El Niño watch. Climate.gov
There is a 75-80 percent chance of an El Niño developing by February, the United Nations’ World Meteorological Organization (WMO)
announced Tuesday. So what exactly does that entail?
Well, the last time we had an El Niño was in 2015-2016, which caused
extreme weather-related events (droughts, fires, floods and coral bleaching) around the world, pushed atmospheric concentrations of CO2 to 400 parts per million for the first time, and drove 2016 to be the hottest year in recorded history.
Although this year’s forecasted El Niño is not expected to be as powerful as the one in 2015-2016, it’s not to be overlooked, weather experts warned.
— World Meteorological Organization (@WMO) November 27, 2018
“It can still significantly affect rainfall and temperature patterns in many regions, with important consequences to agricultural and food security sectors, and for management of water resources and public health, and it may combine with long-term climate change to boost 2019 global temperatures,” Maxx Dilley, director of WMO’s Climate Prediction and Adaptation branch, said in a news release.
El Niños are naturally occurring phenomenons that happen every two to seven years. They have a major effect on global weather patterns, including spikes in temperatures.
El Nino – What is it?
Meteorologist and Grist columnist Eric Holthaus pointed out that El Niño could drive 2019 into becoming another unusually hot year:
“Since El Niño also works to warm the atmosphere, it’s possible that 2019 could beat 2016 as the warmest year on record. As El Niño begins to set in, both October and November have been unusually warm globally, and that trend is likely to continue, according to Zeke Hausfather, a climate scientist at University of California-Berkeley. ‘It’s not a safe bet 2019 will beat 2016, but it will very likely be warmer than 2018,” Hausfather told me.’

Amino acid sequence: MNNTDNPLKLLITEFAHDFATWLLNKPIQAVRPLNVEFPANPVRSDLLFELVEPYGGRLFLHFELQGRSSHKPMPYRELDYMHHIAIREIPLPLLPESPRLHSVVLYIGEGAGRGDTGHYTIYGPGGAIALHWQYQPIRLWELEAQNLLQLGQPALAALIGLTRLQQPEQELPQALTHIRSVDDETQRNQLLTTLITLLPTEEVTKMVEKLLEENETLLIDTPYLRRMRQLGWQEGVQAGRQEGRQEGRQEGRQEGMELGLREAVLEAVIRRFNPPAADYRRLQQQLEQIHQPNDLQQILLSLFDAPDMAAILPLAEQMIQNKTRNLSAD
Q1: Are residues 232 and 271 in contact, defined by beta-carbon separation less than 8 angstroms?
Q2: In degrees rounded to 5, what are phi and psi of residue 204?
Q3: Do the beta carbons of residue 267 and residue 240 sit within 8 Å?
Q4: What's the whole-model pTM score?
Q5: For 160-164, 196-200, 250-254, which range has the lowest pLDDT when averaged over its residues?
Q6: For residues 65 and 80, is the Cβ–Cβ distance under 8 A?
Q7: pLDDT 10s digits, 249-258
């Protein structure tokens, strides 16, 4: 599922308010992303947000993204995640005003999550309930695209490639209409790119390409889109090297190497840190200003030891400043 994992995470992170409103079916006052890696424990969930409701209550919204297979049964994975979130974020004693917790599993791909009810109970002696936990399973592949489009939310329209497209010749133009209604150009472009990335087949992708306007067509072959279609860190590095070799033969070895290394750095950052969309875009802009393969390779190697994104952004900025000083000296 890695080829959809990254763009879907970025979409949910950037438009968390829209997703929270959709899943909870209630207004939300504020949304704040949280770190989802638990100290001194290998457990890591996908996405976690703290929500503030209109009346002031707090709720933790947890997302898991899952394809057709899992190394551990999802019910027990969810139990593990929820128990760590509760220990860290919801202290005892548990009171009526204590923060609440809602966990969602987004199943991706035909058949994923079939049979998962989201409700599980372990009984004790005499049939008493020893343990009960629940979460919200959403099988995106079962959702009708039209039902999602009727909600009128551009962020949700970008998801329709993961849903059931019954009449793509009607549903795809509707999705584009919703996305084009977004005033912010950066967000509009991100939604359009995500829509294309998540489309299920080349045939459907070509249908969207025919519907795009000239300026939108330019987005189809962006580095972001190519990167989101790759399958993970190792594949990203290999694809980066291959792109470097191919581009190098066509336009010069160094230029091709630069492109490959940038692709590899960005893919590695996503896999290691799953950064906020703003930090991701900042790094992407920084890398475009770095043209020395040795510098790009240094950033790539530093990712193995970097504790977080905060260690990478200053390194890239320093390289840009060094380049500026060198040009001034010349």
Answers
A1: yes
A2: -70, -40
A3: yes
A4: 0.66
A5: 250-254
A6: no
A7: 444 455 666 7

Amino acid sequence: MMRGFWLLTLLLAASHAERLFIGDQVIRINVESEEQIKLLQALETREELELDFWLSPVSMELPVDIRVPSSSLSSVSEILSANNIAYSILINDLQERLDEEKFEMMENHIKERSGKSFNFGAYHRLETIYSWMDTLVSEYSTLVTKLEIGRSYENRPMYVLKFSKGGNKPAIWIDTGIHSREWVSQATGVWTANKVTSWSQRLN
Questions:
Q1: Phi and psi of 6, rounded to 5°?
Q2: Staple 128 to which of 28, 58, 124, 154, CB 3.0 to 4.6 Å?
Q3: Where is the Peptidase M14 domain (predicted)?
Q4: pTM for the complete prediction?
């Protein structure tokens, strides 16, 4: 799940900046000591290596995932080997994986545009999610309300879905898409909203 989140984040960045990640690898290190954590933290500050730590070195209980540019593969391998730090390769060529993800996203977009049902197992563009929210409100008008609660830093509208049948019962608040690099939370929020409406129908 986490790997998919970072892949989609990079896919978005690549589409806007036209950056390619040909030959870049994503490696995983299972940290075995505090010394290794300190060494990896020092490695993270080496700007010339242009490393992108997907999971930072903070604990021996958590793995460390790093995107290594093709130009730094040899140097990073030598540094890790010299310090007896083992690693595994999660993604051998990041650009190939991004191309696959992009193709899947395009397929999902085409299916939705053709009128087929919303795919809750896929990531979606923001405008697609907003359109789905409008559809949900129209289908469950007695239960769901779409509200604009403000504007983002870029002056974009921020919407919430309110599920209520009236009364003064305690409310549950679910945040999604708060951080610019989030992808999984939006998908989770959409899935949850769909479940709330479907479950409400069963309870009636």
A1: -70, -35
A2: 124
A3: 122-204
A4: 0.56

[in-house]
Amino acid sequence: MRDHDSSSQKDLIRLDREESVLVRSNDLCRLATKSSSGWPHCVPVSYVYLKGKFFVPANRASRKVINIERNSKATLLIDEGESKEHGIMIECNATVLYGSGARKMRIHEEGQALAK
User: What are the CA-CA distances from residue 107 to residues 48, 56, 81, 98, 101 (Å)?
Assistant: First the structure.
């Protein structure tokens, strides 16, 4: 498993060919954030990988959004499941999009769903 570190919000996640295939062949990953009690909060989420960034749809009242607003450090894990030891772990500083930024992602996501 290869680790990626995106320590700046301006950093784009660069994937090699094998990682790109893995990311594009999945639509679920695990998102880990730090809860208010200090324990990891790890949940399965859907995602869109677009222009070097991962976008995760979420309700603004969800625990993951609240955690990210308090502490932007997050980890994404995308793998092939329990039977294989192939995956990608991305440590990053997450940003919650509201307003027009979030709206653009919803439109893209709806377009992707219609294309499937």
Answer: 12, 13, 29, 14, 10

The WMO said the chance of a full-fledged El Niño event between December 2018 and February 2019 is estimated to be about 75-80 percent, and about 60 percent for it to continue through February to April 2019.
U.S. weather forecasters also said there’s a high chance of a El Niño forming. “Sea surface temperatures in the tropical Pacific were comfortably above the threshold for El Niño in October 2018, but the atmospheric response is lagging. A deep pool of warm water is available below the surface to renew and sustain the surface anomaly, however, and forecasters estimate an 80 percent chance of a weak El Niño during Northern Hemisphere winter 2018-19,” according to Climate.gov.
El Niños are not caused by climate change, but researchers have previously suggested that we could experience extreme El Niños more frequently as our planet continues to warm.
There is a weird talking point going around that temperatures have fallen dramatically in the past two years. This is not the case; 2017 was the second warmest year on record and 2018 will be the fourth, as things get back to normal after the 2016 super-El-Nino event: pic.twitter.com/eQsR8DibPY
— Dr. Zeke Hausfather (@hausfath) November 26, 2018